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#SummerBudget: Bank levy phased out in favour of 8% surcharge

THE increasingly unpopular levy bank’s pay on their assets is to be gradually phased out and replaced with a new surcharge on their profits, chancellor George Osborne said in his first all-Conservative Budget.

Bowing to pressure from financial services firms including HSBC, who have threatened to quit the UK as a result of the levy, Osborne said he would gradually reduce the levy rate over the next eight year and, after that, make sure it no longer applies to worldwide balance sheets.

The levy – an annual tax based on the balance sheets of UK banks and overseas banks doing business in the UK – will be replaced by an 8% surcharge, most likely based on what the firms currently pay in corporation tax.

Charles Beer, managing director for real estate, corporate and international tax with Alvarez & Marsal, told Accountancy Age the move is “clearly designed” to encourage banks with large overseas operations, such as HSBC and Standard Chartered, to remain in the UK.

“It takes away the incentive to move elsewhere. By the time you get to 2020 it won’t matter where your HQ is because it is only based on UK balance sheets,” he said.

According to a HMRC document, the changes will bring in £415m for the Exchequer in 2016/2017, £555m in 2017/2018, £365m in 2018/2019, £225m in 2019/2020 and £105m in 2020/2021.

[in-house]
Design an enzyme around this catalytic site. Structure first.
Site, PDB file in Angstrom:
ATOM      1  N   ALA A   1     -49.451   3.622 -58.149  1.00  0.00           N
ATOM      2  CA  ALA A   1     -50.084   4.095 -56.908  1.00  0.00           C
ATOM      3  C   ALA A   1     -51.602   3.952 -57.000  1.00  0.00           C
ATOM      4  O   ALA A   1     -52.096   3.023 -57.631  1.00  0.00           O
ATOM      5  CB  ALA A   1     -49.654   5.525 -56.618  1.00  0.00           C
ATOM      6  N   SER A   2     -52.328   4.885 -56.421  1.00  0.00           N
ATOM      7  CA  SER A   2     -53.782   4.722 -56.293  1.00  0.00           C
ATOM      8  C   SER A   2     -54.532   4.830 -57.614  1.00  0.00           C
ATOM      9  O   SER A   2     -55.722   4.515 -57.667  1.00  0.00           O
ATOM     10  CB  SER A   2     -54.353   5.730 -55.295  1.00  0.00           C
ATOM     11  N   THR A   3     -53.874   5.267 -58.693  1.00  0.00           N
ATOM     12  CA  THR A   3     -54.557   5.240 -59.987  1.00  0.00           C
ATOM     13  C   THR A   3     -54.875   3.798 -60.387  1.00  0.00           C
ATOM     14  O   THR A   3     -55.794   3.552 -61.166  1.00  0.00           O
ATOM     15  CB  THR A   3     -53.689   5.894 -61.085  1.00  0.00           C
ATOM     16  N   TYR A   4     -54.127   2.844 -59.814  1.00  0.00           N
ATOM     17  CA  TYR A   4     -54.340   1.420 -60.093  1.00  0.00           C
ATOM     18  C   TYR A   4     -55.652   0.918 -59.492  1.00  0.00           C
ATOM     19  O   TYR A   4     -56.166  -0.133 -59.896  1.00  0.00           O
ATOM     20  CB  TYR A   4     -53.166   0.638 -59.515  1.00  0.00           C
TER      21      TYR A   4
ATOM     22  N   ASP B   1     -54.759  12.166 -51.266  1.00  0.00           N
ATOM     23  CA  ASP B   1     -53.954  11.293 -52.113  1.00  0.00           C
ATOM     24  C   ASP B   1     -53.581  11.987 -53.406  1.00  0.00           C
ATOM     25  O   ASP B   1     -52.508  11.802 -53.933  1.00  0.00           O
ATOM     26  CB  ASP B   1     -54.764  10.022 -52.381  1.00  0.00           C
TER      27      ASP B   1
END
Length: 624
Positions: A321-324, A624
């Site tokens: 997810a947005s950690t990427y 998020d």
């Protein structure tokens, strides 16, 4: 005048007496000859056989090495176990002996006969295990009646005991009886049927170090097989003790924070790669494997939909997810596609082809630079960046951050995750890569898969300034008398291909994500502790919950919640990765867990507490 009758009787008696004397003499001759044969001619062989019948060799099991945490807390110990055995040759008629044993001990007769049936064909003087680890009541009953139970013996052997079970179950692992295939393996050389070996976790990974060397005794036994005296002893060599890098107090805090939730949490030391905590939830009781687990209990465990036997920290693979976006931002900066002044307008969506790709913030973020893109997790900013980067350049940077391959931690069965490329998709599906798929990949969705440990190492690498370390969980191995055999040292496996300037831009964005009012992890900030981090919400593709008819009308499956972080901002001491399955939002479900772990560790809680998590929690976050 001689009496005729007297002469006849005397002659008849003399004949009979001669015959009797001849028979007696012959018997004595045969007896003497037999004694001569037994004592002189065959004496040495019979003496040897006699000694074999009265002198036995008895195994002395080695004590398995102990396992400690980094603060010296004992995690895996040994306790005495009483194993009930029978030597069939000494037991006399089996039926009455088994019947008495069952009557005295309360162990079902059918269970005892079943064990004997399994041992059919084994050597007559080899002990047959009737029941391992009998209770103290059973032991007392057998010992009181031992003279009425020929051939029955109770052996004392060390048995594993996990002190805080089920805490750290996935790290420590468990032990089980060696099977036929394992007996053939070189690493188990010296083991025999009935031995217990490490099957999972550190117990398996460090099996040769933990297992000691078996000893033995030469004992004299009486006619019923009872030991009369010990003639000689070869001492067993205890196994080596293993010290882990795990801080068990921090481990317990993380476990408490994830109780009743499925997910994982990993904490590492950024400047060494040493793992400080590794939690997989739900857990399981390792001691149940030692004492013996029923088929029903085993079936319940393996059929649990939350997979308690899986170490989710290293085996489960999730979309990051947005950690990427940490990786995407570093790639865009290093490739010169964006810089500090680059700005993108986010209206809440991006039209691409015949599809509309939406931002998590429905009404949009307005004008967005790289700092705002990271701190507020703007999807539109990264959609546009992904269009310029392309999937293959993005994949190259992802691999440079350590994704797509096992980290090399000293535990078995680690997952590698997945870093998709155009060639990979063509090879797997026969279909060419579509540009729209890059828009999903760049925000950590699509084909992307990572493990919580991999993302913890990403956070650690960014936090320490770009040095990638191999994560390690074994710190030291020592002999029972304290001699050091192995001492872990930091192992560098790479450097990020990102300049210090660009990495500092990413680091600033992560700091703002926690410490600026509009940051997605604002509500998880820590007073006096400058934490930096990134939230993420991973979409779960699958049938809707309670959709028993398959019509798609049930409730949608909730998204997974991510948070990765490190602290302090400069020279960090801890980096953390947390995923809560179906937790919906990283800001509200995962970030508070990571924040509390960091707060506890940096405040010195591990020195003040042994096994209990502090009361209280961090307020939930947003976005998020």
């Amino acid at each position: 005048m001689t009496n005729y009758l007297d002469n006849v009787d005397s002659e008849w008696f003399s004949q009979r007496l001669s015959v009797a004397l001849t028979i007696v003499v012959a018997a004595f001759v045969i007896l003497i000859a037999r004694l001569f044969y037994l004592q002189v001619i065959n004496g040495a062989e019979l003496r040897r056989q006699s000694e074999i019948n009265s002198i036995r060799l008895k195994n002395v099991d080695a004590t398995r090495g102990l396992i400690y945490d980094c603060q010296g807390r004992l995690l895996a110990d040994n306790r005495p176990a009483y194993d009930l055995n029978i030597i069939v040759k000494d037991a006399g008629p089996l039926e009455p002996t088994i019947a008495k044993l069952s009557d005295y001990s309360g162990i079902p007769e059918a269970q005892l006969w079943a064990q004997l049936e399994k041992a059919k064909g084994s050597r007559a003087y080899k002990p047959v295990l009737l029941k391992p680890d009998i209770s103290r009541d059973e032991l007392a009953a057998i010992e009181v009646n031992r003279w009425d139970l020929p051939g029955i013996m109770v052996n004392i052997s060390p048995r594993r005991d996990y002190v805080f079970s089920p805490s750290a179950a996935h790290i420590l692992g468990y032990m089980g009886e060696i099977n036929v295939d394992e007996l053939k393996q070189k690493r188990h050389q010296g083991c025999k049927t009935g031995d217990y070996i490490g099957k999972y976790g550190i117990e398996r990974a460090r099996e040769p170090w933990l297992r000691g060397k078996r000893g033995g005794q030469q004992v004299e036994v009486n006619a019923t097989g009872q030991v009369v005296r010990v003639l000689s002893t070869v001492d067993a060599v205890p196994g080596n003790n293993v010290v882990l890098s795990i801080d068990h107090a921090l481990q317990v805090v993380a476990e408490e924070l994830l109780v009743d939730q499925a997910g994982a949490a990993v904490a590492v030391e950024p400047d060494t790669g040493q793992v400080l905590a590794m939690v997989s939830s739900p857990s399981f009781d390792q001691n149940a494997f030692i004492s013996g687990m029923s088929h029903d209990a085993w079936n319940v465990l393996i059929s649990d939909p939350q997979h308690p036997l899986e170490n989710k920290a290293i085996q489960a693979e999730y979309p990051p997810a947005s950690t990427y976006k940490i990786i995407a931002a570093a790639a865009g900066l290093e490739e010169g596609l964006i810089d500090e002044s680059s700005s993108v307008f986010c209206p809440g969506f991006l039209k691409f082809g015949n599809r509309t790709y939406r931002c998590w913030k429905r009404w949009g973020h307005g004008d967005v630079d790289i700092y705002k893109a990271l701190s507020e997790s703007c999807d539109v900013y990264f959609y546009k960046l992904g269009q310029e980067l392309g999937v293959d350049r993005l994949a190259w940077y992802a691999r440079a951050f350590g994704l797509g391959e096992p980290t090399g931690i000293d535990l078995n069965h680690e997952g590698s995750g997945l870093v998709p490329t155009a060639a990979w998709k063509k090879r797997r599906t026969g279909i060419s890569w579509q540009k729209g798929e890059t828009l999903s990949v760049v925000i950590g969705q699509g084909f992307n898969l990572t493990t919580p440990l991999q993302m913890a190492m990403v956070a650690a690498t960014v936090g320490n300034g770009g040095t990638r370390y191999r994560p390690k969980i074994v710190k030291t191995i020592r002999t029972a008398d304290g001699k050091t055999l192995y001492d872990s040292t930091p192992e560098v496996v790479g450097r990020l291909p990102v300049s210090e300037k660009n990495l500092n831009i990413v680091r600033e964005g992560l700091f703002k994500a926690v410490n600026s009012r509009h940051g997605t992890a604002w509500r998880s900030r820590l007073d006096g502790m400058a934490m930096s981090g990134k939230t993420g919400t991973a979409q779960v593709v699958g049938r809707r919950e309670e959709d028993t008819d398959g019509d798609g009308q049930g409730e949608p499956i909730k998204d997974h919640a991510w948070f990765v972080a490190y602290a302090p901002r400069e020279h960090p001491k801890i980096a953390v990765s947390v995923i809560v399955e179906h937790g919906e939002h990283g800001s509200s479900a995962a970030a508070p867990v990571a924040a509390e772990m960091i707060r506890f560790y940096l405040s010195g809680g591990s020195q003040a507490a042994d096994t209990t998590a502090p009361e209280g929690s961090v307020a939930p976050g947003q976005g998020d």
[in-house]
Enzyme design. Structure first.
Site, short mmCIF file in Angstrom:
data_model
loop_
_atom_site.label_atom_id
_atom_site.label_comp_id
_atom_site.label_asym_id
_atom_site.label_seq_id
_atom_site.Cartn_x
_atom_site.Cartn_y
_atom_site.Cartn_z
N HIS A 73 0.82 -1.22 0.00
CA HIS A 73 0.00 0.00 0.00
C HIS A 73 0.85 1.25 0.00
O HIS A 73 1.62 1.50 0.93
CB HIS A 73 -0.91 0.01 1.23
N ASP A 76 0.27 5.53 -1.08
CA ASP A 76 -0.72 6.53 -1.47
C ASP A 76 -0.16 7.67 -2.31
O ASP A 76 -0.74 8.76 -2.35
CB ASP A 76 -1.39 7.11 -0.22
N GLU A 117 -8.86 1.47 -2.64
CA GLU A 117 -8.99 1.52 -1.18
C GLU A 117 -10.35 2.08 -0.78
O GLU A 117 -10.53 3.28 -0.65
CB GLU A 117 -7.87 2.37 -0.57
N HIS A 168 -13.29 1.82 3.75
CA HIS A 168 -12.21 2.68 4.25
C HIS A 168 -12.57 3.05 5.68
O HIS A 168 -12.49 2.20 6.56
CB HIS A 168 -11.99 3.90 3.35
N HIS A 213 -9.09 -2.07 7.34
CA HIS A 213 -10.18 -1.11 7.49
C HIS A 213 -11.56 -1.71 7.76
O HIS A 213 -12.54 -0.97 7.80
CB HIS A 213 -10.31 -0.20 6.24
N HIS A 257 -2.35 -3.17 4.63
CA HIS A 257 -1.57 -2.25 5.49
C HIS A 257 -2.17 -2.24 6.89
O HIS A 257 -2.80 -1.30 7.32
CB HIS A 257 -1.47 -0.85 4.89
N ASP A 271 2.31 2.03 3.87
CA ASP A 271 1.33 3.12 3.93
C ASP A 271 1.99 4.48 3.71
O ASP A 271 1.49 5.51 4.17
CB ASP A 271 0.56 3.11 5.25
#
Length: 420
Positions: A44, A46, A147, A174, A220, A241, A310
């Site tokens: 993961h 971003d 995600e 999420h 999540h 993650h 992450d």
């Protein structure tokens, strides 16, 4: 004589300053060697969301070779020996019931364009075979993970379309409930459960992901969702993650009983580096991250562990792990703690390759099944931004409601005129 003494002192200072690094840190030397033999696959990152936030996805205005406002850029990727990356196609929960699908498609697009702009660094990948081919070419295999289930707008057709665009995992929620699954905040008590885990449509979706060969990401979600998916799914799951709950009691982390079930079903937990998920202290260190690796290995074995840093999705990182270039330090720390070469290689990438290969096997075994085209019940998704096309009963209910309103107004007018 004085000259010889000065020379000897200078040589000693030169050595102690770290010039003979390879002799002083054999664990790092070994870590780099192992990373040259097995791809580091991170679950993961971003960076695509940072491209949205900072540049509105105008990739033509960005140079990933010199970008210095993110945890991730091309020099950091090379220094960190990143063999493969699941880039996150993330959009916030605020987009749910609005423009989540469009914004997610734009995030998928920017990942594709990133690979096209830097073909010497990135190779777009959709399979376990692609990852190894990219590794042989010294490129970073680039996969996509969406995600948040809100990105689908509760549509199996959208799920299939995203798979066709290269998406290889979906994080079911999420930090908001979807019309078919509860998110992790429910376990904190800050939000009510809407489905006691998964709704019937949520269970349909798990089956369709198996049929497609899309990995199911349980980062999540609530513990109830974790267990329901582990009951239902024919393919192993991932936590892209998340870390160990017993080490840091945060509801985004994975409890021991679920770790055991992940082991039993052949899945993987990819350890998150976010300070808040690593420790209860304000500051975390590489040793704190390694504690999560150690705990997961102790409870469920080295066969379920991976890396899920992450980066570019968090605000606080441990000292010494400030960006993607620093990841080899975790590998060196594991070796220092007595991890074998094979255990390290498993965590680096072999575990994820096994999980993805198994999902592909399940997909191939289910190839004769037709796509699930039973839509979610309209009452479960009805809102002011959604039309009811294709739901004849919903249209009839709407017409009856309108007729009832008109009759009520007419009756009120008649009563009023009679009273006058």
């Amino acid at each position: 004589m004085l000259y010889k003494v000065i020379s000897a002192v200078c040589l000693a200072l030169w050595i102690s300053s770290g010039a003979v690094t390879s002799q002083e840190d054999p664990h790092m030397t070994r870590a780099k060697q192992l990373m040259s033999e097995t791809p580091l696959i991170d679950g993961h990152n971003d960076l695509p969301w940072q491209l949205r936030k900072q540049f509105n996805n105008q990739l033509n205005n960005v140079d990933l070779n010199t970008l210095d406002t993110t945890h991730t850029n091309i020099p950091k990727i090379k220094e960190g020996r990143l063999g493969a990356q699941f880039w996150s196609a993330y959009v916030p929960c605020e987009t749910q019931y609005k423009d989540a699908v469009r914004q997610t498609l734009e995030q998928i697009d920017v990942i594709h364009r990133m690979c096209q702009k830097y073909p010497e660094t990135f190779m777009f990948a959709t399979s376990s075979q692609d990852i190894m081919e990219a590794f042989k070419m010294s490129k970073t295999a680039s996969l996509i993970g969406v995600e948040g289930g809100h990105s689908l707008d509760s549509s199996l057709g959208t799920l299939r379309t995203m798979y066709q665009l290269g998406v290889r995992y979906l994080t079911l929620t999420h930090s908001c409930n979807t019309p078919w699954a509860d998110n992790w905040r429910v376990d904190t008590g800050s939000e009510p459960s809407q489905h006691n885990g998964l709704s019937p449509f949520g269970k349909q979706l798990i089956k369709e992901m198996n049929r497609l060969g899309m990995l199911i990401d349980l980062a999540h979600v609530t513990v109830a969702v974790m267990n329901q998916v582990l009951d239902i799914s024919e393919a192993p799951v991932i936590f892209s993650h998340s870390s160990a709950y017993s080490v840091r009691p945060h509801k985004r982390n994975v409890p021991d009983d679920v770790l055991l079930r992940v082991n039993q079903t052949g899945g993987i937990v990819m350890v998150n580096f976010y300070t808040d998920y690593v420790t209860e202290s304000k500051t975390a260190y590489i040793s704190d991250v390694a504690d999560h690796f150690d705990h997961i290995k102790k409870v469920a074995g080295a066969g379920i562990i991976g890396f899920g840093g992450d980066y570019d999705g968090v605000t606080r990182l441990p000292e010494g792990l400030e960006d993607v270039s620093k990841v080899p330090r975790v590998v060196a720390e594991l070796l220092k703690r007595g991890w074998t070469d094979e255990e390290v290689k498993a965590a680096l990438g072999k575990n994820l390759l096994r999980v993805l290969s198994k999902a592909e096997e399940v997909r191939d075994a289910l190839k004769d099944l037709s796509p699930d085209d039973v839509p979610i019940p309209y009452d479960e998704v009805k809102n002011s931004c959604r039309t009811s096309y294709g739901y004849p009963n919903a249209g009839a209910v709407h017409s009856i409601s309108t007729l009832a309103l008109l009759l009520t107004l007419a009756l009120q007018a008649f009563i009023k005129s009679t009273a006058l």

Matthew Barling, PwC banking tax partner, said the reduction will be welcomed by those banks with large overseas operations. However, the long term phased nature of the reform coupled with the new profits based 8% corporation tax surcharge means that the overall tax burden on the banking sector will go up during this Parliament.

“This sends very much a mixed message in terms of competitiveness of the UK as a place for carrying on banking business,” he said.

In a separate move to make the UK more tax competitive, Osborne revealed that the headline rate of corporation tax will be cut again from 20% to 18% by 2020, with an interim cut in 2017.

“We are giving businesses the lower taxes they can count on to grow with confidence, invest with confidence, create jobs with confidence,” Osborne said. “A new 18% rate of corporation tax, sending the message out around the world, loud and clear, that Britain is open for business.”

However, the reduction could be offset by higher costs for employers such as meeting the living wage requirement of £9 an hour and the apprenticeship levy.

Stella Amiss, international tax partner at PwC, said it was a “bold and surprise” move.

“Business weren’t calling for a further rate reduction, and it’s expensive – £6.6bn over five years. But it sends a clear signal that the Government is pro tax competition and this message may be helpful in attracting overseas business to UK shores,” she said.

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